I know it can be a very daunting task to try to get into Pokemon multiplayer seeing as how there’s so much information. You’re supposed to memorize the fact that Steel is only weak to Ground, Fire, and Fighting, while also knowing that Ursaring has a very high attack stat. You’re supposed to at the very least know all 17 Pokemon types and most of the Pokemon out there. It’s a lot to commit to memory. But do you know who does commit it to memory? Kids. And they don’t do it by first going, “OKAY, I, GEORGE PEEPANTS, AM GOING TO BE A COMPETITIVE PLAYER.” No, they just absorb all of the media naturally. They learn everything about Pokemon because they love Pokemon, and that’s the true beauty of the Pokemon concept.

I know some people are of the belief that games shouldn’t require you to learn so much before you get to play. To that I say, first off you don’t actually need to know all this stuff to start playing against other people, it just increases your chances of winning. Secondly, I think you are rewarded much more richly for understanding the Pokemon system first. Sure, Pokemon is glorified Rock-Paper-Scissors (and Yu-Gi-Oh is glorified War, but that’s another topic for another day), but it’s that glorification that makes it the solid game that it is, and the complexity of the type chart is not something which people “just know.” And if you want to learn, just do what the kids do, and play.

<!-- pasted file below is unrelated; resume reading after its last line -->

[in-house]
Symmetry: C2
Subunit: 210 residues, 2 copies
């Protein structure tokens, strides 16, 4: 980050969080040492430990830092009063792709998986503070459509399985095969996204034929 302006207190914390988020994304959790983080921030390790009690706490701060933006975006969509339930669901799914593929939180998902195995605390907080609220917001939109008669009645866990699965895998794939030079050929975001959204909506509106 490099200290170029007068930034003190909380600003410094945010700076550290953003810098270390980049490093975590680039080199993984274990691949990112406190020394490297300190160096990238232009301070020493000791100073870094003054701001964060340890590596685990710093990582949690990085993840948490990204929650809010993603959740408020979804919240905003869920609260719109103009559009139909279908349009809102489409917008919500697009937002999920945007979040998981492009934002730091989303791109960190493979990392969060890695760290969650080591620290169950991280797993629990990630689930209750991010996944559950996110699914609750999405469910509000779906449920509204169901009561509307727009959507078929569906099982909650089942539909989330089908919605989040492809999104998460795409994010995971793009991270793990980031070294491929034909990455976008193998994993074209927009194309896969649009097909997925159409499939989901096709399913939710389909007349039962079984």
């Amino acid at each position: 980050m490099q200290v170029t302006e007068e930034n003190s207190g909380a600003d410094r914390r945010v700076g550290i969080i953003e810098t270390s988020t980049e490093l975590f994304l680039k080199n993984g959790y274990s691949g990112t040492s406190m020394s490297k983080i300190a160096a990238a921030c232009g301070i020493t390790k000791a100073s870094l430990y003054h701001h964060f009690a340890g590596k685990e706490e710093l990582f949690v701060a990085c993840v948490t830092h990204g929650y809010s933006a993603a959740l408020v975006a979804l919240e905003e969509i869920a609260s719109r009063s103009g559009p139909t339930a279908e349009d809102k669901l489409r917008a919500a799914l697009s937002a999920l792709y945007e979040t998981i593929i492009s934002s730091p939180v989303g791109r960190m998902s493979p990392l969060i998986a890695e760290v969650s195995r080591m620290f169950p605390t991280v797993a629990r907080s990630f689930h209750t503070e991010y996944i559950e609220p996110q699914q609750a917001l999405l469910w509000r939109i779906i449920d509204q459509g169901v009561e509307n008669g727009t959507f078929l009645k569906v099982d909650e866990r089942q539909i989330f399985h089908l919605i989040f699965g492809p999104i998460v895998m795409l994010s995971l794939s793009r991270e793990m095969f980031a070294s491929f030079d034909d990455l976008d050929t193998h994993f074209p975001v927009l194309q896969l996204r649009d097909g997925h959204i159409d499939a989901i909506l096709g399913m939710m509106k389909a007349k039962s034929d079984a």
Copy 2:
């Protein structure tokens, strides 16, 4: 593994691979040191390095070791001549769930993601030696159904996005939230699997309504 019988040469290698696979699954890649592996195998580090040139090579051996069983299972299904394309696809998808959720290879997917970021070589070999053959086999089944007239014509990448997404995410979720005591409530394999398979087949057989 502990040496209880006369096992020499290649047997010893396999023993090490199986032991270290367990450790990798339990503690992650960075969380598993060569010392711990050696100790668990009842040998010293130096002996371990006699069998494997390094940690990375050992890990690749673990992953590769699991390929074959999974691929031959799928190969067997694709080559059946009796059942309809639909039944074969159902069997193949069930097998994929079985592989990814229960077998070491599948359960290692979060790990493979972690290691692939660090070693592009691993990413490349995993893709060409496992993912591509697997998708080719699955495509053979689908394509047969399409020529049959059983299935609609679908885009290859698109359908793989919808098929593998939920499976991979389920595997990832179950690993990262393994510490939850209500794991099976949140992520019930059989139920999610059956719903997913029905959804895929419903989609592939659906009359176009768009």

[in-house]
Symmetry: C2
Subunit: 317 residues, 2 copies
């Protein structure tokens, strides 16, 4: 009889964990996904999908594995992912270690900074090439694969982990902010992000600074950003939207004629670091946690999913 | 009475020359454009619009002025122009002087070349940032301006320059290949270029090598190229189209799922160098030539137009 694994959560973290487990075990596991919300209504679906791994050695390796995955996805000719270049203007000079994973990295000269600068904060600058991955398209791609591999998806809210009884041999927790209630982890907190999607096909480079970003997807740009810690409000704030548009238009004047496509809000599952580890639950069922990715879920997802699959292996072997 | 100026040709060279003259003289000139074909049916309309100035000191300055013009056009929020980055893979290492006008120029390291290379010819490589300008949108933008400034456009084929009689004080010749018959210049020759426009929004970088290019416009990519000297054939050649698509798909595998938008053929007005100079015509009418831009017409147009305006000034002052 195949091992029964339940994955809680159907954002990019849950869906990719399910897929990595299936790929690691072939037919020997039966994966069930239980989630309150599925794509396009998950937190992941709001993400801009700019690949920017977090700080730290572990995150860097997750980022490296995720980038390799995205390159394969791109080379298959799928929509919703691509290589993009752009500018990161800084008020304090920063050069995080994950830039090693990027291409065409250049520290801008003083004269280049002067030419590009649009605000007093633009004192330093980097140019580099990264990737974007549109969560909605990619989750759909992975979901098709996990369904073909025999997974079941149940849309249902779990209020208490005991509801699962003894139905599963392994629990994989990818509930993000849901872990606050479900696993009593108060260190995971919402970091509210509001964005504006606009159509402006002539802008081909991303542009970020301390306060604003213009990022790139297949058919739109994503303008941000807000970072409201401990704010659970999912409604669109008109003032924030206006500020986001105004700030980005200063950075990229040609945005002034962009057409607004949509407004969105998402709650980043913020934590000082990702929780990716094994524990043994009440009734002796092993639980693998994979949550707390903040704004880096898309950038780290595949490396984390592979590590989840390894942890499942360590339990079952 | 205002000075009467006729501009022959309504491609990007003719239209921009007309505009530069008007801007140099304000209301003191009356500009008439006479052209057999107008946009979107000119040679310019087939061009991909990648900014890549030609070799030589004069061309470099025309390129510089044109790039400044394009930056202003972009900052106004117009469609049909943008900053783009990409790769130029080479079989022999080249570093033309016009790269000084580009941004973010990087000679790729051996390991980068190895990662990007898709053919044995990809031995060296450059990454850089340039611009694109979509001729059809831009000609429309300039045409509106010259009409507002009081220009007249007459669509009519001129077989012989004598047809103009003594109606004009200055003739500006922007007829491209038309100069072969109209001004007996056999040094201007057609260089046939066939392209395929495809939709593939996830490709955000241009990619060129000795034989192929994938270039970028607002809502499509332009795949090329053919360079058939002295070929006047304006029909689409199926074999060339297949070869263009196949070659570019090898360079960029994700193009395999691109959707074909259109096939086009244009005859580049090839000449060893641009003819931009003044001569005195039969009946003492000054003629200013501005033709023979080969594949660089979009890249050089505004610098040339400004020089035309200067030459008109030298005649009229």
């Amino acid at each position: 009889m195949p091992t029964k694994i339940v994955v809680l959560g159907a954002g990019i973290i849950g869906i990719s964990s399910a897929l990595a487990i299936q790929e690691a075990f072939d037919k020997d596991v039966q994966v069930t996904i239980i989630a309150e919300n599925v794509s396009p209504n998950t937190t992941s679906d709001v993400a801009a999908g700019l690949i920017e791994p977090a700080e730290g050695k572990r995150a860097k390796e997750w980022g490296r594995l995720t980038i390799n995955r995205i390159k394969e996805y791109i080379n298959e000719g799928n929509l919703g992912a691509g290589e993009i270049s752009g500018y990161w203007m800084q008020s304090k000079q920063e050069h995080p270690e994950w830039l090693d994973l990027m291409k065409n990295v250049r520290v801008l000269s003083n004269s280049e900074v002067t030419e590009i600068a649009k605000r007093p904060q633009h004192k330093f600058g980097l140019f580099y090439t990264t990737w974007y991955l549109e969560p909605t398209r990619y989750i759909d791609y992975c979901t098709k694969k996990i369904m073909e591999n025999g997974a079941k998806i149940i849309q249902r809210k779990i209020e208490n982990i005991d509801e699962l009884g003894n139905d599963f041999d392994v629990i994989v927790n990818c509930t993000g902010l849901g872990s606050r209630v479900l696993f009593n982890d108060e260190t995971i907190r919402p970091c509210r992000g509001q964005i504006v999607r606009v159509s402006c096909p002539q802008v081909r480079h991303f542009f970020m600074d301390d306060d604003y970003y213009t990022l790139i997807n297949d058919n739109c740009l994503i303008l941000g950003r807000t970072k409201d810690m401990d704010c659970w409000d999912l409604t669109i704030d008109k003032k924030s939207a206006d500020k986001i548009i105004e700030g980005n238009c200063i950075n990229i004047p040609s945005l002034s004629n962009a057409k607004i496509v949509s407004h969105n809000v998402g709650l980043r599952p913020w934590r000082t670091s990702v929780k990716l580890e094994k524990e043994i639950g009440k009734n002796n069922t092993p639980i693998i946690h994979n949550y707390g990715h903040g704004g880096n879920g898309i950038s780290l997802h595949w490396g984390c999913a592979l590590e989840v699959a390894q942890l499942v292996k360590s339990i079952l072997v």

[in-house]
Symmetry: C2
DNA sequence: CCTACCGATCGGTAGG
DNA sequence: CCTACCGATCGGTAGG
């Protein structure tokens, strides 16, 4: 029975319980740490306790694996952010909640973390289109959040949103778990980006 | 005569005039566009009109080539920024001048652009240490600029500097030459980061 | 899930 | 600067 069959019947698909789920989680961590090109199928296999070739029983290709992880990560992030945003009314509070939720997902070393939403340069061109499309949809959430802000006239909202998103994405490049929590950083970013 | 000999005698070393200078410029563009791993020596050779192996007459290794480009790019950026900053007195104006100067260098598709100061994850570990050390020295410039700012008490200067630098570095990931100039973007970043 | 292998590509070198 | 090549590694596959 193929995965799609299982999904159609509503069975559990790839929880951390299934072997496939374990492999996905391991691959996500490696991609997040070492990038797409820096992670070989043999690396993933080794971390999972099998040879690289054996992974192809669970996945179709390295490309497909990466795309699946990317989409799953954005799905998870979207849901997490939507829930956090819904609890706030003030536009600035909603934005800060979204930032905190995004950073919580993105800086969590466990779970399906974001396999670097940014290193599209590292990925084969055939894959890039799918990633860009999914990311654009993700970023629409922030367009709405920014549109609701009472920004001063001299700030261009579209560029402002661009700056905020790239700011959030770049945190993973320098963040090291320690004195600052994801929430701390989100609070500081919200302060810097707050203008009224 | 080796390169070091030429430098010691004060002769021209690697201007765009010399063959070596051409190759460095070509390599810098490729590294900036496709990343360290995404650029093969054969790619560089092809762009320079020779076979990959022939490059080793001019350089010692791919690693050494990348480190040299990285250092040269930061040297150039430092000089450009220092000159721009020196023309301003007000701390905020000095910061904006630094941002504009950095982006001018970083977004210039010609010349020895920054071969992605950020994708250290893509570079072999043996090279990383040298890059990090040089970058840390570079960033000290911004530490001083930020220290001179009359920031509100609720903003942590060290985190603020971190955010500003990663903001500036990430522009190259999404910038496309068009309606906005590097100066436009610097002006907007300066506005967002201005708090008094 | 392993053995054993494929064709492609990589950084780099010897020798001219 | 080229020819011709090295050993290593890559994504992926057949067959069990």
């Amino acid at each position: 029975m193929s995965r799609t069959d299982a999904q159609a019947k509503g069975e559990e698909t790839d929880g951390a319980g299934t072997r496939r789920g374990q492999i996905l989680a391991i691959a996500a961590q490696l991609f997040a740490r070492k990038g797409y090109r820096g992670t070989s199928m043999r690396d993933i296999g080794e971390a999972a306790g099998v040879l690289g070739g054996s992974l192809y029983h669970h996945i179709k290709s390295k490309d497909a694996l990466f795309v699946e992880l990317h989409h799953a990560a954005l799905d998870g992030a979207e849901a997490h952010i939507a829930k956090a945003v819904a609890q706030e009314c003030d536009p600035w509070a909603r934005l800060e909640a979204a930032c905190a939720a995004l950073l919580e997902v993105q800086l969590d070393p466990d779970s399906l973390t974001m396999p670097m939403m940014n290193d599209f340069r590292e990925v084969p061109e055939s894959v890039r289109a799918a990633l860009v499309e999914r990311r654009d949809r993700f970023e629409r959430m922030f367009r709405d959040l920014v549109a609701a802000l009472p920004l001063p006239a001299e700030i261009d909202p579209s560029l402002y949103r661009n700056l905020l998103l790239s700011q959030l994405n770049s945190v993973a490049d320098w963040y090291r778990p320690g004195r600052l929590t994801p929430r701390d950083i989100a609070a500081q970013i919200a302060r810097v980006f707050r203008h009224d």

Wow, are you still with me? In that case, let me share one of my favorite Pokemon to use with you. It’s designed primarily to annoy people who hate it when luck influences a match. I won’t go into stat distributions and what-not, so you can have the opportunity to see what works for you.

Registeel @Leftovers
Zap Cannon

Both Dynamicpunch and Zap Cannon have 50% accuracy, so you’re essentially fighting with coin flips, until you’ve had enough and you explode on somebody. Have fun with it, and watch as your opponents grow to hate you. You can use it in both the current generation and in the Advance line of games. If you want to apply it to Gold/Silver/Crystal, note that Ampharos can learn both Dynamicpunch and Zap Cannon.

So yeah, Pokemon.